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Hierarchical Reinforcement Learning Amir massoud Farahmand

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1 Hierarchical Reinforcement Learning Amir massoud Farahmand

2 Markov Decision Problems Markov Process: Formulating a wide range of dynamical systems Finding an optimal solution of an objective function [Stochastic] Dynamics Programming Planning: Known environment Learning: Unknown environment


4 Reinforcement Learning (1) Very important Machine Learning method An approximate online solution of MDP –Monte Carlo method –Stochastic Approximation –[Function Approximation]

5 Reinforcement Learning (2) Q-Learning and SARSA are among the most important solution of RL

6 Curses of DP Curse of Modeling –RL solves this problem Curse of Dimensionality –Approximating Value function –Hierarchical methods

7 Hierarchical RL (1) Use some kind of hierarchy in order to … –Learn faster –Need less values to be updated (smaller storage dimension) –Incorporate a priori knowledge by designer –Increase reusability –Have a more meaningful structure than a mere Q-table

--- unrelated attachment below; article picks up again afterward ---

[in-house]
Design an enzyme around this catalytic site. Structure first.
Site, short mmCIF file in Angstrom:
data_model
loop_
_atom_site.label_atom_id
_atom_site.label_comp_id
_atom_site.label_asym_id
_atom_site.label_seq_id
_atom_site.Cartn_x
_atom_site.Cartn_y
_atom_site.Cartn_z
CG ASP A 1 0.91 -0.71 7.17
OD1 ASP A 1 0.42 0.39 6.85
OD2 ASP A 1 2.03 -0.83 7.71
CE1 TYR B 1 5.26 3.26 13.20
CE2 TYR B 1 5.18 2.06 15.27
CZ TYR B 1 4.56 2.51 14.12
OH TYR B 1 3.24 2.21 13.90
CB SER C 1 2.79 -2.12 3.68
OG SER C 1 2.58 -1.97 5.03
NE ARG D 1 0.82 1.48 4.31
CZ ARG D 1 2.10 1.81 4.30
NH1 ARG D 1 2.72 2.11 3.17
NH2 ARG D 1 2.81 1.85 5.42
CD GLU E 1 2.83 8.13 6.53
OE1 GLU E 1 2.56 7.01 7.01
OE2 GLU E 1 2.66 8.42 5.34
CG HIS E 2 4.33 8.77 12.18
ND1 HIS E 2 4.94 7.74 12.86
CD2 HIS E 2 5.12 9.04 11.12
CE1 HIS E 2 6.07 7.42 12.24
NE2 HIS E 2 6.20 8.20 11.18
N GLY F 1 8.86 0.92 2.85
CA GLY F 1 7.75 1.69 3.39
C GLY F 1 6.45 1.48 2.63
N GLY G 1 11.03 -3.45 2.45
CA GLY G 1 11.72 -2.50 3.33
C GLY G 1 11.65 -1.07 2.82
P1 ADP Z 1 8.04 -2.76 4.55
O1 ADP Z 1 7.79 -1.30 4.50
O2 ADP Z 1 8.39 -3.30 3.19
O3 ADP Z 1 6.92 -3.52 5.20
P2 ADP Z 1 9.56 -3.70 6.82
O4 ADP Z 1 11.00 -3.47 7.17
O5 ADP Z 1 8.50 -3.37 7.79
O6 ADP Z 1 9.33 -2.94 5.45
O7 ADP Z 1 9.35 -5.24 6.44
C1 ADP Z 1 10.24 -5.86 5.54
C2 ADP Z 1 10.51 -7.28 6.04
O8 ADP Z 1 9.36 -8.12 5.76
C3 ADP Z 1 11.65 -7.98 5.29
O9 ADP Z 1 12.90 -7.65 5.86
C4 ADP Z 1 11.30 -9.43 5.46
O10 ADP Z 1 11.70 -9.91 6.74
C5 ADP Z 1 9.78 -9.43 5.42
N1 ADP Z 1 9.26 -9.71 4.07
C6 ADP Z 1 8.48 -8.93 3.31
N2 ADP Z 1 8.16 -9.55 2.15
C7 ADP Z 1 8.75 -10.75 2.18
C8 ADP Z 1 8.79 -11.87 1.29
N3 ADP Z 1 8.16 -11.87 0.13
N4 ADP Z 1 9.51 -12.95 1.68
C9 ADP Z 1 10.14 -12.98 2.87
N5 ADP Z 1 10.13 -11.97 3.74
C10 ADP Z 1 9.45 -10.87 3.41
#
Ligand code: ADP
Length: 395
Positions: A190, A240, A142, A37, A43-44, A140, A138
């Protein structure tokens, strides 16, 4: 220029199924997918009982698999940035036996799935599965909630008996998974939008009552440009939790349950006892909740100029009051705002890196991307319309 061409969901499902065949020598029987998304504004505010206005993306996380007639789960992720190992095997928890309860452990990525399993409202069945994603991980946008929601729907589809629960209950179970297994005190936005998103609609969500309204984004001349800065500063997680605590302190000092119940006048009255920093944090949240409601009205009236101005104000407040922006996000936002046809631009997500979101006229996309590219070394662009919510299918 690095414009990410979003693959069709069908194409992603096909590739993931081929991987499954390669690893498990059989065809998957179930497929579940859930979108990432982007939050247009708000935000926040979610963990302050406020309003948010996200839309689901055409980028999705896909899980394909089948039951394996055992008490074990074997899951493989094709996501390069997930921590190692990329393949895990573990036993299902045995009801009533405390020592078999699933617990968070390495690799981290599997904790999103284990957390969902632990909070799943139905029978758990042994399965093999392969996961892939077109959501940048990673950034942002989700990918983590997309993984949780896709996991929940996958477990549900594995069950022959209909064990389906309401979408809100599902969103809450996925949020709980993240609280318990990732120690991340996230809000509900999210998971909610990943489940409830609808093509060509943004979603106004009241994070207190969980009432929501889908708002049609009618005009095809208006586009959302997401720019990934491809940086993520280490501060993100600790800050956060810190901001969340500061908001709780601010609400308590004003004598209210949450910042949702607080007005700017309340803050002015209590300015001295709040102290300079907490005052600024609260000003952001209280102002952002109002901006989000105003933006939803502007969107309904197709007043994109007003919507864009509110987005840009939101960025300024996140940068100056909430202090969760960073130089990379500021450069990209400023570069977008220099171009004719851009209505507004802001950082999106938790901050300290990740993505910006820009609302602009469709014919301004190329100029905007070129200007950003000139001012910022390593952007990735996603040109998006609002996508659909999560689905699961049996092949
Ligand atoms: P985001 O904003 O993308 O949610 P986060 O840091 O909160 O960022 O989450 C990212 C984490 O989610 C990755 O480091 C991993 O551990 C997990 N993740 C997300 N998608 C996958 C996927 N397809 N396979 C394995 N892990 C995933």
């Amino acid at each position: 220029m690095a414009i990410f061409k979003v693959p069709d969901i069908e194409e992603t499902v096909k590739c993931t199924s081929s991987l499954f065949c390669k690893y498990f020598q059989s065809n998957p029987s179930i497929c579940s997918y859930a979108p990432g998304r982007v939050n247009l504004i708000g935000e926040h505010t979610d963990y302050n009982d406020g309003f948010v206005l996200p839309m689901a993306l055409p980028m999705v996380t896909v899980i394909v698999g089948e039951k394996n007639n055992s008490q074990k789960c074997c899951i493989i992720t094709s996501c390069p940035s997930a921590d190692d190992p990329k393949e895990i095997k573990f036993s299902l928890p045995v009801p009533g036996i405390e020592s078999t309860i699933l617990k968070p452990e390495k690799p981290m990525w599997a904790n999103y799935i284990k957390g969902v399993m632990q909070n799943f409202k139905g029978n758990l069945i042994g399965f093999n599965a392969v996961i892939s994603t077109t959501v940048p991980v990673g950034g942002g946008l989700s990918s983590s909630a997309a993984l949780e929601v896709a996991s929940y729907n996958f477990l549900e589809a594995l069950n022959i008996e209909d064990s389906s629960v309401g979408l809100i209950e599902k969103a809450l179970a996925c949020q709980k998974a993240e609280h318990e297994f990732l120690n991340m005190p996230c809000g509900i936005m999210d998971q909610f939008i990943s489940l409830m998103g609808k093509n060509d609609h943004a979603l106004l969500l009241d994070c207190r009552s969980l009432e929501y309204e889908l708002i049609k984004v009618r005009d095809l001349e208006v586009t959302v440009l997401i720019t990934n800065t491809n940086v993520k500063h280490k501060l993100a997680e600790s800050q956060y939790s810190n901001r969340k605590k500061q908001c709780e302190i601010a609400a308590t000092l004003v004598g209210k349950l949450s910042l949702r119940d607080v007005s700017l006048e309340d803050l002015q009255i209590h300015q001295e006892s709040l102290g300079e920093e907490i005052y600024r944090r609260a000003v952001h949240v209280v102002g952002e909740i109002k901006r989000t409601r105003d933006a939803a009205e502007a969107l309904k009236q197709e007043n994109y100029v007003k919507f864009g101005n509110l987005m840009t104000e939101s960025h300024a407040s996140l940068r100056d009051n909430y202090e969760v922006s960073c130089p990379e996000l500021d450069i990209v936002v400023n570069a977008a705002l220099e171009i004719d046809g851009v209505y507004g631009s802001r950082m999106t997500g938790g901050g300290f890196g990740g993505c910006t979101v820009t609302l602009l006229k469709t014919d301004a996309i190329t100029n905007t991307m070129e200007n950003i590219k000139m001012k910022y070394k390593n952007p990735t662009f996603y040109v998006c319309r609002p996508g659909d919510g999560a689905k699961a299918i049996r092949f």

8 Hierarchical RL (2) Is there any unified meaning of hierarchy? NO! Different methods: –Temporal abstraction –State abstraction –Behavioral decomposition –…

9 Hierarchical RL (3) Feudal Q-Learning [Dayan, Hinton] Options [Sutton, Precup, Singh] MaxQ [Dietterich] HAM [Russell, Parr, Andre] HexQ [Hengst] Weakly-Coupled MDP [Bernstein, Dean & Lin, …] Structure Learning in SSA [Farahmand, Nili] …

10 Feudal Q-Learning Divide each task to a few smaller sub-tasks State abstraction method Different layers of managers Each manager gets orders from its super-manager and orders to its sub-managers Super- Manager Manager 1 Sub- Manager 1 Sub- Manager 2 Manager 2